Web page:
Monday, 19 January 2009

Kano State Censors Northern Nigerian Filmmakers

See full size imageVice President of the Motion Pictures Practitioners Association of Nigeria (MOPPAN), Dr. Ahmad Saari reported on the film industry's reactions to new government guidelines enacted in 2008 following the release of a pornographic clip involving a Nigerian film star.  The clip was in fact a private video taken before the actress had become a star and not connected with the Northern film industry (Kannywood) and had surfaced early in 2008.  Kano state is predominantly Muslim and thus it's laws incorporate Shari'a law.

The new guidelines are as follows (English has not been edited for corrections):

    1. Singing and Dancing is prohibited.
    2. Actresses are prohibited from appearing in trousers, skirts or short tops.
    3. Dressing in see-through or tight costumes that expose body features is prohibited.
    4. Male Actors are prohibited from appearing in tight fitted clothes that expose their features or haircuts that do not fit with our culture.
    5. Actresses are prohibited from combing or exposing their hair.
    6. Indecent utterances and seductive actions or immoral dialogue are prohibited.
    7. Ridiculing of any religion, tribe or a section of the community is prohibited.
    8. It is prohibited to use children in films that are prohibited.  (If the films are already prohibited, does this really add anything?)
    9. Re-inserting expunged scenes from an already censored film, and taking such film into the market is a major crime.
    10. Fetish (things associated with witchcraft, animism and traditional religions) activities and the wrong use of weapons are prohibited.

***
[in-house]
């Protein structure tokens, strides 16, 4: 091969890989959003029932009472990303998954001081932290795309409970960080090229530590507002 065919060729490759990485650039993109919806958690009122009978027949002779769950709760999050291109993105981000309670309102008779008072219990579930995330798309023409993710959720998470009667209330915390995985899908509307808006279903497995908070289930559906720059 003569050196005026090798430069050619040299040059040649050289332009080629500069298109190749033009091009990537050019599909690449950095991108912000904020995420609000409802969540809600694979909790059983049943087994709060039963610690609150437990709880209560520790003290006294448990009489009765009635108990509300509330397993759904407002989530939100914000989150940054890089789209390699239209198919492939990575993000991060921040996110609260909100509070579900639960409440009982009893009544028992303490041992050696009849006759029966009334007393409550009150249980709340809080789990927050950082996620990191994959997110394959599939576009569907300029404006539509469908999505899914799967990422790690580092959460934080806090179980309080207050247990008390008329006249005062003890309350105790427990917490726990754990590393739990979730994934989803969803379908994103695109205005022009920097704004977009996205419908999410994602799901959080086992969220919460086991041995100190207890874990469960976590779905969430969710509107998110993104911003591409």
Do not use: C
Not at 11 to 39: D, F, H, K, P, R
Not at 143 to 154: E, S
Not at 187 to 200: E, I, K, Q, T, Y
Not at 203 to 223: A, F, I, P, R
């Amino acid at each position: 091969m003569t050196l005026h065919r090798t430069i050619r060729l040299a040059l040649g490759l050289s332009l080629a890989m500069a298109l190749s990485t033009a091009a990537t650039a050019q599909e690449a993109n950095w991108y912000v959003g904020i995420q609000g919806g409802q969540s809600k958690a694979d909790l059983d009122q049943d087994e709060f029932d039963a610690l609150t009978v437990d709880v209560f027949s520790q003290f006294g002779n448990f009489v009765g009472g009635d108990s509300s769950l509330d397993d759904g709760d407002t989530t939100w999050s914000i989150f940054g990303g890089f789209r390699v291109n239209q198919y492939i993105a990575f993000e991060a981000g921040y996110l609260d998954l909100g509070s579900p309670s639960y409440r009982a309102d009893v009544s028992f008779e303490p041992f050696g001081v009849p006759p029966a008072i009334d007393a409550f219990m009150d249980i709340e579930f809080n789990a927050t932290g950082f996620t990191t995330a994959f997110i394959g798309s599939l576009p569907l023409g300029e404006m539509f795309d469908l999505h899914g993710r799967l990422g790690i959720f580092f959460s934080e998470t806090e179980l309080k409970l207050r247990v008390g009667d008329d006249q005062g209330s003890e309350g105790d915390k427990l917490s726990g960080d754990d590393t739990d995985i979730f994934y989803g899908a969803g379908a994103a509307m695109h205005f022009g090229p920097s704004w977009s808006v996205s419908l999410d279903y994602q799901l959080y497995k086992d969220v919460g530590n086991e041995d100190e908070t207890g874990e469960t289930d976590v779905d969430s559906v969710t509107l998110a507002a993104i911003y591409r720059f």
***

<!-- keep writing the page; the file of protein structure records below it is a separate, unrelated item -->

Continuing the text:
11. Producers are prohibited from releasing posters and trailers without the permission of the board.
    12. Films must have a clear meaning (message) with appropriate names.
    13. No films can be produced in Kano, or brought in for sales or exhibition without the permission of the board.
    14. All Actors or Actresses and other filmmakers are prohibited from doing film business without obtaining license from the board.
    15. Sleeping overnight at film locations with males and females are prohibited.
    16. No films shall be made without censorship of its script.

In reaction to the new guidelines and corresponding six month ban on film activities, MOPPAN convened a Stakeholders Forum that included representatives from the National Film and Video Censors Board, the Nigerian Film Corporation and the Nigerian Copyright Commission.  The consortium of national organizations agreed upon a number of resolutions, full text of which can be found in the Communique.

The resolutions present an interesting dichotomy of respect and anger.  The stakeholders agreed to abide by both the national and state laws with respect to making films, and they agreed that more Nigerian films should include and conform with Muslim values.  However, the stakeholders also argued that their fundamental human rights were violated in the creation of these new guidelines and related six month suspension imposed on film activities in Kano state, because the government did not give the film industry a chance to defend itself.  The resolutions seem to say, "we respect the Muslim faith and culture and agree that your actions would be warranted had we insulted the faith in anyway, but we have not; you are punishing us for something we did not do, and that is unfair."

The movie industry is one of the most important sectors of the Nigerian economy and a major proponent for increased enforcement of intellectual property laws.

[Image from http://www.ngex.com/nigeria/places/states/kano.htm]

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